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Letter: We suffer from our own failure

Letter: We suffer from our own failure

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Our City Council, after months of deliberation and public comment, resolved to permanently remove the Lee monument from public property. The name, “Lee Plaza,” will likely be changed also.

This doesn’t imply condemnation. It simply creates an accurate public message applying a simple principle: Those people known for exceptional, positive contributions to our society, country and humankind are honored through monuments or the naming of significant public places. Did the Confederacy and the people who energized it, make significant, positive contributions? Clearly, most people in this country, and in the world, think not.

This is personal for me, having gone to Lee Junior High and Jefferson Senior High School in the late 50's and early 60's. I recall assemblies when the pep band, or at least someone with a trumpet, played “Dixie” and we all stood. During this time, the monument to General Lee was placed.

Our schools were still segregated, Confederate flags were often seen at public events and my school history lessons still leave me feeling ripped off.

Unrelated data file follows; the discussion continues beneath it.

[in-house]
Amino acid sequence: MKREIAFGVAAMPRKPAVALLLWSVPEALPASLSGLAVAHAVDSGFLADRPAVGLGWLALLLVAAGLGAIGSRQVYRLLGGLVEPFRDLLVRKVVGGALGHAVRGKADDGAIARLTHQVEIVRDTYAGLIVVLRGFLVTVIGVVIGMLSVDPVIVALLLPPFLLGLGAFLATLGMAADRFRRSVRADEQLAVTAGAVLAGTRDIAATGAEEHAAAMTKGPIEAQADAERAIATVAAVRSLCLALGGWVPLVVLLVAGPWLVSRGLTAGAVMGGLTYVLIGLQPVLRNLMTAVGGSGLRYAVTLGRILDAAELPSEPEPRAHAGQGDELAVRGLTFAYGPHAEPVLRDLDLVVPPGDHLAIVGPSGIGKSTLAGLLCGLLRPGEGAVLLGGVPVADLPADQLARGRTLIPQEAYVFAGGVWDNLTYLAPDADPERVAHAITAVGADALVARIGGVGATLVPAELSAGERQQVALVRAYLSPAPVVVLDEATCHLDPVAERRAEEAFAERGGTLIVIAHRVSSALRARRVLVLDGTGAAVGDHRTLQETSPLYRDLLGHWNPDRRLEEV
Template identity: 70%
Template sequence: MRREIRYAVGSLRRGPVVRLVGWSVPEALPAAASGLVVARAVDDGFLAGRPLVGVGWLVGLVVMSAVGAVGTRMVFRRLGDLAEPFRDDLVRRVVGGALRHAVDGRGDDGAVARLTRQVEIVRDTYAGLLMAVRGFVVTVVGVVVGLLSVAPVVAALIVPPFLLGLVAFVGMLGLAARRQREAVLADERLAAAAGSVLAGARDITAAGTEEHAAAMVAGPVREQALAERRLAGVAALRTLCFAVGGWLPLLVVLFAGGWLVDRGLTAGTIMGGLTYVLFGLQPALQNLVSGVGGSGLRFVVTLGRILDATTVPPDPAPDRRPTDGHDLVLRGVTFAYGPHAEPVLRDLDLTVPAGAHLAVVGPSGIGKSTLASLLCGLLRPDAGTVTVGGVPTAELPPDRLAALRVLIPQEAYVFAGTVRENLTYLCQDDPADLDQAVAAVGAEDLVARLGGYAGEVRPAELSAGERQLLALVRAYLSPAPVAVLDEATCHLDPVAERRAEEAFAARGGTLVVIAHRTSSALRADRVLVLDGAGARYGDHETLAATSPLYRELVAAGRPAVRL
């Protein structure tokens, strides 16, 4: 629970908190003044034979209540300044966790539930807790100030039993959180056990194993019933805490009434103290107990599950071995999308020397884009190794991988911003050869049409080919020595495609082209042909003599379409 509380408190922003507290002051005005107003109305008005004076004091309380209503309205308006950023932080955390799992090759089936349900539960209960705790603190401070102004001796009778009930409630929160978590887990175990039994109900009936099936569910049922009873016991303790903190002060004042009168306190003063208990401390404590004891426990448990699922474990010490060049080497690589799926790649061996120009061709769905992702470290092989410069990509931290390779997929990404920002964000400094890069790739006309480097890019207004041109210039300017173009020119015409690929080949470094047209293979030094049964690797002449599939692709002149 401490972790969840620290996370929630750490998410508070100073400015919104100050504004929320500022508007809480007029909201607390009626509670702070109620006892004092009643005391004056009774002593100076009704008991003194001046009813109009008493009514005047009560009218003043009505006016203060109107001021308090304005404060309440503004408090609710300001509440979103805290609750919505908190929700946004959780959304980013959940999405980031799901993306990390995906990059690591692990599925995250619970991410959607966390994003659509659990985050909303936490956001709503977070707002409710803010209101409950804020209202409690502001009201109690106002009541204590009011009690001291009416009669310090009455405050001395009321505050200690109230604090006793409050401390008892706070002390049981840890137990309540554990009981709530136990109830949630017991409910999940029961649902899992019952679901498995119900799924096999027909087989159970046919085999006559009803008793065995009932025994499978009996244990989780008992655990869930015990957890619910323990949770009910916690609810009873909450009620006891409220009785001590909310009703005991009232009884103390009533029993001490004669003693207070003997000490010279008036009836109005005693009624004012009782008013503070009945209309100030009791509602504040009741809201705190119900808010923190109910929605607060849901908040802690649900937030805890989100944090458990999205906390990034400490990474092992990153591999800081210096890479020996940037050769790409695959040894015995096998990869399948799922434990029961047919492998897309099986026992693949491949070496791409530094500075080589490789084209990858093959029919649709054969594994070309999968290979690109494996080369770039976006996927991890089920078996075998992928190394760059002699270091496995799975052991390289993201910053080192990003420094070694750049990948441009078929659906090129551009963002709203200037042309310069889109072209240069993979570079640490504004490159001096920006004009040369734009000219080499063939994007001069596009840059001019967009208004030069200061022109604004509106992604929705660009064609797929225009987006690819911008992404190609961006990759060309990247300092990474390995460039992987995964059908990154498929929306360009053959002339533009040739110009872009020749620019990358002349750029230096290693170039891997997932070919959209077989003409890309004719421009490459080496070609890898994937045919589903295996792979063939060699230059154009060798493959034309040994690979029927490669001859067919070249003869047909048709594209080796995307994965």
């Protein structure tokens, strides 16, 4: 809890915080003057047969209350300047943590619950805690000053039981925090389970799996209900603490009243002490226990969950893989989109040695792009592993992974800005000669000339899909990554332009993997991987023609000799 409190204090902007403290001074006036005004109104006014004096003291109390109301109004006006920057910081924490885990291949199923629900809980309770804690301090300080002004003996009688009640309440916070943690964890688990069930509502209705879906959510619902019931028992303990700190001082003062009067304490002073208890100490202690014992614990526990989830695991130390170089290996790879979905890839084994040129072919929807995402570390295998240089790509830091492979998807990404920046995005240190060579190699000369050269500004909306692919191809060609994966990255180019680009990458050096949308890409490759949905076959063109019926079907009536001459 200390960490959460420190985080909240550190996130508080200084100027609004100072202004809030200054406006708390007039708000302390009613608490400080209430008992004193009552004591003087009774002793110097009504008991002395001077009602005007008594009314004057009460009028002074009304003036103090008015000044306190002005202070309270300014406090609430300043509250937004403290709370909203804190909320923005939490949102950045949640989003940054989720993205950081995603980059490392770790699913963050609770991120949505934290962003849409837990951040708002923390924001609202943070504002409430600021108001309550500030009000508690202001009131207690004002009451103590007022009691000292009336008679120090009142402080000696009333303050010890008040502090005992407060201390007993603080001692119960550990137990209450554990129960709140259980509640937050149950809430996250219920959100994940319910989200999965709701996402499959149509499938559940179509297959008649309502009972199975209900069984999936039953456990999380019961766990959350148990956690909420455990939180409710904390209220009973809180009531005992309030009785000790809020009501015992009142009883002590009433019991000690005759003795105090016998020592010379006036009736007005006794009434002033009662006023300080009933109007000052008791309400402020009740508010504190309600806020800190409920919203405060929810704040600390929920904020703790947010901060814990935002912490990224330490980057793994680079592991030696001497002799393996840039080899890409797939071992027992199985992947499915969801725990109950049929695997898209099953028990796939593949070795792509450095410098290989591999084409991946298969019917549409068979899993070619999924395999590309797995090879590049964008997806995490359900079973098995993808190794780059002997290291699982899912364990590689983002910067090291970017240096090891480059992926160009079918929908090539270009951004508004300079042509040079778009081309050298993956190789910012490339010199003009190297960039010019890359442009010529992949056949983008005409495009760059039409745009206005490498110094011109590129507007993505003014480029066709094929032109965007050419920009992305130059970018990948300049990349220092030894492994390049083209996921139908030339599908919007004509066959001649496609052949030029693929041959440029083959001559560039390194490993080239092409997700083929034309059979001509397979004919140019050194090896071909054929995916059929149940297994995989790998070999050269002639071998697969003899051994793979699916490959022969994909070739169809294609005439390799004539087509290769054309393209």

Nightly news included scenes of peaceful demonstrators seeking nothing more than the vote being attacked with clubs, firehoses and dogs. Cowardly murders were common. TV ads included guys in doctor’s smocks selling cigarettes. We were killing thousands of Vietnamese while decimating their countryside. We were investing heavily in infrastructure so dependent on fossil fuels, rapid climate change is now upon us, disaster after disaster.

We haven’t yet created a level playing field on which race, class, religion, gender, sexual orientation and other characteristics play no role, but we are working on it. Progress is, as always, painfully slow.

We suffer not from a “broken system,” but our own failure. We have let down our founding fathers. Be informed, support credible news sources, know the difference between expressing your viewpoint and venting anger, because destruction and violence generally weaken public support. Engage with elected officials, use the tools of civil engagement, like petitions, and VOTE.

DAN CRAWFORD

ROANOKE

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